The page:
Andreas Baumkircher used the medieval legal instrument of the feud to get from Emperor Friedrich III. to claim outstanding amounts of money of several 10,000 guilders. The feud letter was on February 1, 1469 to the Styrian governor Ulrich III. sent from Graben as the emperor's deputy; however, instead of waiting for the three days prescribed for feuds, numerous Styrian cities were occupied the next day in order to isolate the imperial possessions in western Hungary.
The first military contact was on July 21, 1469 with the Battle of Fürstenfeld , which brought heavy losses on both sides and ended with an armistice, but further battles followed.
In October 1469 an armistice was signed between Friedrich III. and Baumkircher agreed. On June 30, 1470, Friedrich III. a contract with Baumkircher, which promised him complete amnesty and a payment of 14,000 florins . In the fall of 1470, Baumkircher rose again against Emperor Friedrich III for failure to make payments.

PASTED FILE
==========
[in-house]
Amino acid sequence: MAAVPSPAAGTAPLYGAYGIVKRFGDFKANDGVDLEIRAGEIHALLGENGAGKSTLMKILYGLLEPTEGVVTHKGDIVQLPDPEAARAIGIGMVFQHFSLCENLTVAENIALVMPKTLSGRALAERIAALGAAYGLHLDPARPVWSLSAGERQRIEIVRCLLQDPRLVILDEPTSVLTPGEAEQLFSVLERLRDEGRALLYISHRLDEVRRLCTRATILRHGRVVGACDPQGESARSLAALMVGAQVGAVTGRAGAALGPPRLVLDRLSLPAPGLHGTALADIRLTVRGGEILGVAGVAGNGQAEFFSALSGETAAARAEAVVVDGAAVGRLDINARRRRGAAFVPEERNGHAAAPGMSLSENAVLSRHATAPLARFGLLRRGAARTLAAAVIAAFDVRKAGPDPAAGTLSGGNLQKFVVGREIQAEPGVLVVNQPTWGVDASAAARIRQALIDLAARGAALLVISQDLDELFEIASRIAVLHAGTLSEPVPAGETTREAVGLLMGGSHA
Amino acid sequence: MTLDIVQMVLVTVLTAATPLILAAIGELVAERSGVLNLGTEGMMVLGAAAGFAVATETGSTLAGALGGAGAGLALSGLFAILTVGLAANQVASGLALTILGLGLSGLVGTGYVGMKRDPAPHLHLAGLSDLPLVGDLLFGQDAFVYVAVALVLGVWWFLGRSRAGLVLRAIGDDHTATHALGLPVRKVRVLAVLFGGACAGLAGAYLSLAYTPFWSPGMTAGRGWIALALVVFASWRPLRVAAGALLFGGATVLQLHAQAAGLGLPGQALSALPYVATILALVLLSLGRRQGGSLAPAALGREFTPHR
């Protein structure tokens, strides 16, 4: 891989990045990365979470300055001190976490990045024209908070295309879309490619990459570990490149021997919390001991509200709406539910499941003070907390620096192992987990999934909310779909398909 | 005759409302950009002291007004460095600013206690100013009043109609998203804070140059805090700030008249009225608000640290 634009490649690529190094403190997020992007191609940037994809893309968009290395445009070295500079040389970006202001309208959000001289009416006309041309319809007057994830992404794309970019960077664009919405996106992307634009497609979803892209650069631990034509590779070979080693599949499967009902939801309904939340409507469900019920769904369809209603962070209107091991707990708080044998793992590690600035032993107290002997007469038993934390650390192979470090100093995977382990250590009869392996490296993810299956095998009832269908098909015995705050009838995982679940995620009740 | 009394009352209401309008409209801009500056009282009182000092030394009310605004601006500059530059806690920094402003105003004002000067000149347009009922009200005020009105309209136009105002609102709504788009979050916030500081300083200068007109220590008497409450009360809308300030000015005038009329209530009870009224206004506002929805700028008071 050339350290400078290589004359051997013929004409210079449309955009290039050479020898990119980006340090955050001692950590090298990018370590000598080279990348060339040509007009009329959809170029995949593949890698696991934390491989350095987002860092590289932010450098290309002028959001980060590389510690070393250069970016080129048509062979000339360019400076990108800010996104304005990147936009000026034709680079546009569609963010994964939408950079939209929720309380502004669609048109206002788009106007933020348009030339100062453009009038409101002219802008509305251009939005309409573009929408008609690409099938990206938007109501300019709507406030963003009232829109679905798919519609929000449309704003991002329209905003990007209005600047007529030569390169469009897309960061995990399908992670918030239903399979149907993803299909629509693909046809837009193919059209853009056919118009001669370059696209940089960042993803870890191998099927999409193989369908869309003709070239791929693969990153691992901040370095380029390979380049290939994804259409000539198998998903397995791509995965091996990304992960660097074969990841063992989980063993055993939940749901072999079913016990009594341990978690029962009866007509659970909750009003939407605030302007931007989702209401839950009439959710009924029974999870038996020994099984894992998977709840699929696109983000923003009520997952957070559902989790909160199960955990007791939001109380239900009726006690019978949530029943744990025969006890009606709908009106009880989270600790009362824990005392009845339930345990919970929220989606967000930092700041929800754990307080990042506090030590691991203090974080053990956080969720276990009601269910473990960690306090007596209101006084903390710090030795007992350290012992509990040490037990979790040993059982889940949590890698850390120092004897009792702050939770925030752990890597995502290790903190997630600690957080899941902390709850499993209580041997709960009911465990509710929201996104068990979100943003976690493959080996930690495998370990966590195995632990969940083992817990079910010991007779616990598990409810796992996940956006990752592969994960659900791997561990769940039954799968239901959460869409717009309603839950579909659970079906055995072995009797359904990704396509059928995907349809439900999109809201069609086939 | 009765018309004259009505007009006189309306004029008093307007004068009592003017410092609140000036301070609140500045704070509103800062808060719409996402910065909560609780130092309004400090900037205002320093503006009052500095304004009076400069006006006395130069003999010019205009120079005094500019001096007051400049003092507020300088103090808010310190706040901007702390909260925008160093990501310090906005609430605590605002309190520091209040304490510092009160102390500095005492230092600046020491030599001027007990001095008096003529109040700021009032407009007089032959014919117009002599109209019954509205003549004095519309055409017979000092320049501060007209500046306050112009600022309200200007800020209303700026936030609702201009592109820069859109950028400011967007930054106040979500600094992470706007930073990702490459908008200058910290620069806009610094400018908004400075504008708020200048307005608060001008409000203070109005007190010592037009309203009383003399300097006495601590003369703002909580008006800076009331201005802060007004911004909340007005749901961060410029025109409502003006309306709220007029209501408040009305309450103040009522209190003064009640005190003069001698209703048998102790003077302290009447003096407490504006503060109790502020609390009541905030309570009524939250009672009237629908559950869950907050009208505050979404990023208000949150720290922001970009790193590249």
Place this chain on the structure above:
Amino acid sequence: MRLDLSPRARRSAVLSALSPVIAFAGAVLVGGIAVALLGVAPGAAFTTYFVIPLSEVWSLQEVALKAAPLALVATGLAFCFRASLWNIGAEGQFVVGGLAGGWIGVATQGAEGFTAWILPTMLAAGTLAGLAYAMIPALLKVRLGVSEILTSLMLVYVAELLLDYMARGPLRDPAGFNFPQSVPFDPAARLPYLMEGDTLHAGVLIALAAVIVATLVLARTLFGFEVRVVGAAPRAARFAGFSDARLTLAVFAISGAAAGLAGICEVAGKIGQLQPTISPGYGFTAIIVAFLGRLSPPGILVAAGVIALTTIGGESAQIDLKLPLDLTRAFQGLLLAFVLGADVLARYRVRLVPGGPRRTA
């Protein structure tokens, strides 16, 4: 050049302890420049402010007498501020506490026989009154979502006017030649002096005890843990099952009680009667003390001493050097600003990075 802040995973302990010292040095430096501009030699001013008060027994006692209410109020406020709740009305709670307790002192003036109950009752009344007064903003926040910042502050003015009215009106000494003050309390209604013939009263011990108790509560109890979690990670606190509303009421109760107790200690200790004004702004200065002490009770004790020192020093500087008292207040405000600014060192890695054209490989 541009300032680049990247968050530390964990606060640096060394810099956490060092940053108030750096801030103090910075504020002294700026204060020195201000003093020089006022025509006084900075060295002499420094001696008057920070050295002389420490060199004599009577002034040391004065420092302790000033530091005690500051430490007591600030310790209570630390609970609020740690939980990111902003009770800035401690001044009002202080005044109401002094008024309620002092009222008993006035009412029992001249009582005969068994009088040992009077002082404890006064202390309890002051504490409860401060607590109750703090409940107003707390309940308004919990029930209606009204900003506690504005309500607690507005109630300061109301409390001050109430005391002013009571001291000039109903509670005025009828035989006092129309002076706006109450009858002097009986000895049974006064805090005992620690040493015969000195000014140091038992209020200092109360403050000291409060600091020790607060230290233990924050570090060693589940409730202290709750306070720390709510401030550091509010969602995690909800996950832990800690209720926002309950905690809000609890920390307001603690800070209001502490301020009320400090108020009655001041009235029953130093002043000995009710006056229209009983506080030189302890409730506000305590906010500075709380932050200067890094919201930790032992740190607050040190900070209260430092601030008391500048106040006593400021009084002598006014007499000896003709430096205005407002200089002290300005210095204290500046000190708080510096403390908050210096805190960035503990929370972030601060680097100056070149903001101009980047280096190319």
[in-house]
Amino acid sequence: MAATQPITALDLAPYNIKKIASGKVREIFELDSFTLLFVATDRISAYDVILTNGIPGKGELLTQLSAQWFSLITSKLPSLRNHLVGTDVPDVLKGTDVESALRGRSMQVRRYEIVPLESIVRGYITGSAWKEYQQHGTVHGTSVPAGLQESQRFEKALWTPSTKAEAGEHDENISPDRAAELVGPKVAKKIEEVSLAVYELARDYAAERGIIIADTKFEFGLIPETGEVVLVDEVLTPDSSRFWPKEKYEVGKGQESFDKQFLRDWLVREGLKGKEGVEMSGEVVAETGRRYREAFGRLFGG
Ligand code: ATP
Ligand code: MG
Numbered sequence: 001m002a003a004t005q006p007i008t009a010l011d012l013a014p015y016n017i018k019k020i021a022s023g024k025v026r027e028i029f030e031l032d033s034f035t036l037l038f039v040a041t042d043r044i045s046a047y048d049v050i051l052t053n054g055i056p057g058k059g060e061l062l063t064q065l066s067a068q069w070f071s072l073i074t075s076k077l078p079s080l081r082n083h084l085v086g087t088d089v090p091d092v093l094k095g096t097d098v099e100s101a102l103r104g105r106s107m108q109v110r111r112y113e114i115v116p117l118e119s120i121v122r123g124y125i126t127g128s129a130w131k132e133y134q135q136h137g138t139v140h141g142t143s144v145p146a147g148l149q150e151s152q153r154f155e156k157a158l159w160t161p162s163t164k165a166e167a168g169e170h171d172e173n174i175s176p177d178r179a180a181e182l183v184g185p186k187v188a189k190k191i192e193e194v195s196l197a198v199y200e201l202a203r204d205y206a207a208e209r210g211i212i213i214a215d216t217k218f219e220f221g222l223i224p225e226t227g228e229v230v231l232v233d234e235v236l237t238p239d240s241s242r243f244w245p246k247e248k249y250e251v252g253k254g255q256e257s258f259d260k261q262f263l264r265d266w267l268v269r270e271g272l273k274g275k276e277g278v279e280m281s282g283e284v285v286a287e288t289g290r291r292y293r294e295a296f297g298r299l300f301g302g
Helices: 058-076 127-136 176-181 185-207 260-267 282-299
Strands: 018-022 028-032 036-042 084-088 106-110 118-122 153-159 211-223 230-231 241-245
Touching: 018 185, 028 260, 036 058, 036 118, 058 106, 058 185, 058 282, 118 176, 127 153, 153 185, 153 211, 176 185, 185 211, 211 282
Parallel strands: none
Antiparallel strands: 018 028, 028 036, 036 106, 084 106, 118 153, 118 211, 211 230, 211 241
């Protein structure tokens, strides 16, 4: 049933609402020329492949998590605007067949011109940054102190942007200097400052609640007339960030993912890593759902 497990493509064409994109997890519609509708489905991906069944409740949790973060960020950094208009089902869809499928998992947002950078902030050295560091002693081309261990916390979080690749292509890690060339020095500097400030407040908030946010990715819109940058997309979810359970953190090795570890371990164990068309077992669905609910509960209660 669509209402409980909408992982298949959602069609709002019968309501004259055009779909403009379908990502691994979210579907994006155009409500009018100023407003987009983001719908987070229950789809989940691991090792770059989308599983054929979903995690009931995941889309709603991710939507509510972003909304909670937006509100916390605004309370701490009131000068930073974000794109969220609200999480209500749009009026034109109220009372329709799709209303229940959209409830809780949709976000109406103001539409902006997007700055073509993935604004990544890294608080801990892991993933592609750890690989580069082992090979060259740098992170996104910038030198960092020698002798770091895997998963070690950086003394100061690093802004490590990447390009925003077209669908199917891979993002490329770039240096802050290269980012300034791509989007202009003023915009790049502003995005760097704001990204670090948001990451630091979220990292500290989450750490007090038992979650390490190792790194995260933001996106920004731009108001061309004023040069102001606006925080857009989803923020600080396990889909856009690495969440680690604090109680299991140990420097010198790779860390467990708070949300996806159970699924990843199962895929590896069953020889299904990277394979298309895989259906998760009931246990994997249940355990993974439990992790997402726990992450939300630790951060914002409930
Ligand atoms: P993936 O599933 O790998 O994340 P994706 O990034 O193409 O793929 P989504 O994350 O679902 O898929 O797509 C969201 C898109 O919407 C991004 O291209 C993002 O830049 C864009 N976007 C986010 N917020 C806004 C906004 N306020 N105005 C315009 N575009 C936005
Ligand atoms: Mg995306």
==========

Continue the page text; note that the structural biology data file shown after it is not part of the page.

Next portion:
On April 23, 1471 Baumkircher and Andreas von Greisenegg went to Graz for negotiations after they had been promised safe conduct . However, both were arrested and publicly beheaded in front of the Murtor that evening without a trial .
- Roland Schäffer: The Baumkircherfehde (1469-1471). In: Andreas Baumkircher and his time. Symposium as part of the "Schlaininger Talks" from 24.-26. September 1982 at Schlaining Castle. (= Scientific papers from Burgenland . Issue 67). Burgenland State Museum, Eisenstadt 1983, ISBN 3-85405-085-2 , pp. 151-182, PDF on ZOBODAT